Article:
WHAT ARE YOU MOST EXCITED ABOUT THIS YEAR? "This spring, Alialujah Choir had the privilege of playing Sasquatch Music Festival, and after our set I watched Modest Mouse. It was absolutely kinetic. I'm looking forward to seeing that again."

The Helio Sequence

[ROCK 'N' ELECTRO] Like a proud father, Portland has watched the Helio Sequence grow over the years, from Beaverton startups playing the 24-hour Starbucks to Sub Pop darlings. For its self-titled sixth album, the duo of Benjamin Weikel and Brandon Summers wrote 26 songs in a month, the best of which—as voted by friends and family—ended up on the record. Expectedly, Weikel's unerring drum work and Summers' dreamlike vocals and guitar effects are in full bloom. More surprisingly, the record demonstrates a coolness and composure you wouldn't expect from an album that came together so quickly. Standout tracks include the heaving, psych-tinged "Upward Mobility" and "Inconsequential Ties," which fuses Revolver-era Beatles with pristine garage rock, while the concluding "Never Going Back" showcases Summers' folky leanings with a song that sounds like atmospheric Dylan. MARK STOCK. 5:30 pm Sunday, Aug. 23.

BRANDON SUMMERS' FAVORITE MFNW MEMORY: "We played MFNW in 2008 at the Crystal Ballroom. For the final song of the night, we invited our friends in Menomena to join us for an 'unsequenced' five-person version of 'Keep Your Eyes Ahead.' I'll always remember the chaotic bombast of being onstage with everyone and having Benjamin and Danny Seim bashing their drum kits full force in unison on that song."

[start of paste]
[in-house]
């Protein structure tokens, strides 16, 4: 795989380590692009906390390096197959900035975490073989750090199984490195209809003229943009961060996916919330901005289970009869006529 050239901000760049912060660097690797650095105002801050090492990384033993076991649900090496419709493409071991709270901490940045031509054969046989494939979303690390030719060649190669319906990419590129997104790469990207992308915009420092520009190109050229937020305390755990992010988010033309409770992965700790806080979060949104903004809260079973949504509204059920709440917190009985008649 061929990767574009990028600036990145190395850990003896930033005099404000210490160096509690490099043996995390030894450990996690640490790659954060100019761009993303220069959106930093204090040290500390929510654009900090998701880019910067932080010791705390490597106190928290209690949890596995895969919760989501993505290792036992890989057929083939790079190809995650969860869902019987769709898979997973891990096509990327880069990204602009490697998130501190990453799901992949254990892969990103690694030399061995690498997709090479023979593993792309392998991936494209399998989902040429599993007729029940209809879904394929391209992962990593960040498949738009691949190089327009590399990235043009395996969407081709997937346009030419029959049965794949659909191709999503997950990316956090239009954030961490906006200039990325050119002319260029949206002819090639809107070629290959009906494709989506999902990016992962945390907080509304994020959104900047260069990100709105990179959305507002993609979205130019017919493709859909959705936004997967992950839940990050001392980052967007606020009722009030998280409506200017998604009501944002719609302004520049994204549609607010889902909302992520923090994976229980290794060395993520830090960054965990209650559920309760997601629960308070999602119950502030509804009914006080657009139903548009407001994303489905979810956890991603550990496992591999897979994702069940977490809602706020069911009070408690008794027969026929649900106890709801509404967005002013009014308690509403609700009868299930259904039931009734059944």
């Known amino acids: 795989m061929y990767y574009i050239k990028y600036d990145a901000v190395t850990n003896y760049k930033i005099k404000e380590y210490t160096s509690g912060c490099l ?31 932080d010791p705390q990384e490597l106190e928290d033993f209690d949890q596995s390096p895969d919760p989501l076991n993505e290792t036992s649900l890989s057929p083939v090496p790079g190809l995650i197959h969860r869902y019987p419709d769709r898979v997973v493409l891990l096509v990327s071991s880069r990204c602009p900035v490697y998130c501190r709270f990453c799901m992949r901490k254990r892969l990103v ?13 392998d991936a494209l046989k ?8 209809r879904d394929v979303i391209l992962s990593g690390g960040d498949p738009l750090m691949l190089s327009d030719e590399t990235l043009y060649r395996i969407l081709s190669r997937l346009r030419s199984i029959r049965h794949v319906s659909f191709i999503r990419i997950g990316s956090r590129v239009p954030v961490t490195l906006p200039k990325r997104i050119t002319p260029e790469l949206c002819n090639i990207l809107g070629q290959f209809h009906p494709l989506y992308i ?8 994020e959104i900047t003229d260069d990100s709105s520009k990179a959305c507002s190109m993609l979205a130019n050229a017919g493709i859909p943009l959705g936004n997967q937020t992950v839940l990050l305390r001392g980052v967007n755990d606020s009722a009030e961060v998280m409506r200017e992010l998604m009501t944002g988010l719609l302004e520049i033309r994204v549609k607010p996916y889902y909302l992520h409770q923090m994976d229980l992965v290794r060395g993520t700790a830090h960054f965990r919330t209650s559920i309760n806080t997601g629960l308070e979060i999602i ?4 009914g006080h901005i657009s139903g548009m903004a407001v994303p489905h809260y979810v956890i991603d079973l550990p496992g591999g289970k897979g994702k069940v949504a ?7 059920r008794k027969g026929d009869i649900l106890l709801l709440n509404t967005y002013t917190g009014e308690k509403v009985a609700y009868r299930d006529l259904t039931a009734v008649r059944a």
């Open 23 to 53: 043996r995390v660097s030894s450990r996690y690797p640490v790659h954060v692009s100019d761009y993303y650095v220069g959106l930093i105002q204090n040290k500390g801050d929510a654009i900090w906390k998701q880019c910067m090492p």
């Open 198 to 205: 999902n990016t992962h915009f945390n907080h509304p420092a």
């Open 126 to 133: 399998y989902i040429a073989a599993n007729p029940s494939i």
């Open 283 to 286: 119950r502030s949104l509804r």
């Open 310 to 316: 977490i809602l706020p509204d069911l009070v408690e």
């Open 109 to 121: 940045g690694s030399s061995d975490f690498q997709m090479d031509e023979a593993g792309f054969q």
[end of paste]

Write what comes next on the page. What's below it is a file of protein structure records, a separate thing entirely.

WHAT ARE YOU MOST EXCITED ABOUT THIS YEAR? "Lost Lander. We just finished a full U.S. tour with them, and their songs are still stuck in my head."

Pure Bathing Culture 

[DREAM POP] On its first album, 2013's Moon Tides, Pure Bathing Culture were dream-pop mystics with a New Age jones, singing about pentacles and fortune tellers as Daniel Hindman's heavily chorused guitar passed through Sarah Versprille's crystalline voice and hazy keyboards like sunlight through swaying blinds. It was gorgeous and transfixing, like watching the ocean at sunset from a beach-house porch, but the view rarely changed. From the opening, near-hip-hop drums of "Pray for Rain," the title track off the duo's forthcoming sophomore effort, it's clear that things are going to be different this time around. It's bigger and brighter, more alive and joyous, than anything it's attempted in the past, full of buzzing bass and refracting guitars and Versprille's excited whooping. Apparently, the change even caught the band off guard. "It was like being in a vortex and then we came out with this record," Versprille says. It doesn't come out until Oct. 23, but expect to hear a lot of the new stuff here. MATTHEW SINGER. 2:30 pm Sunday, Aug. 23.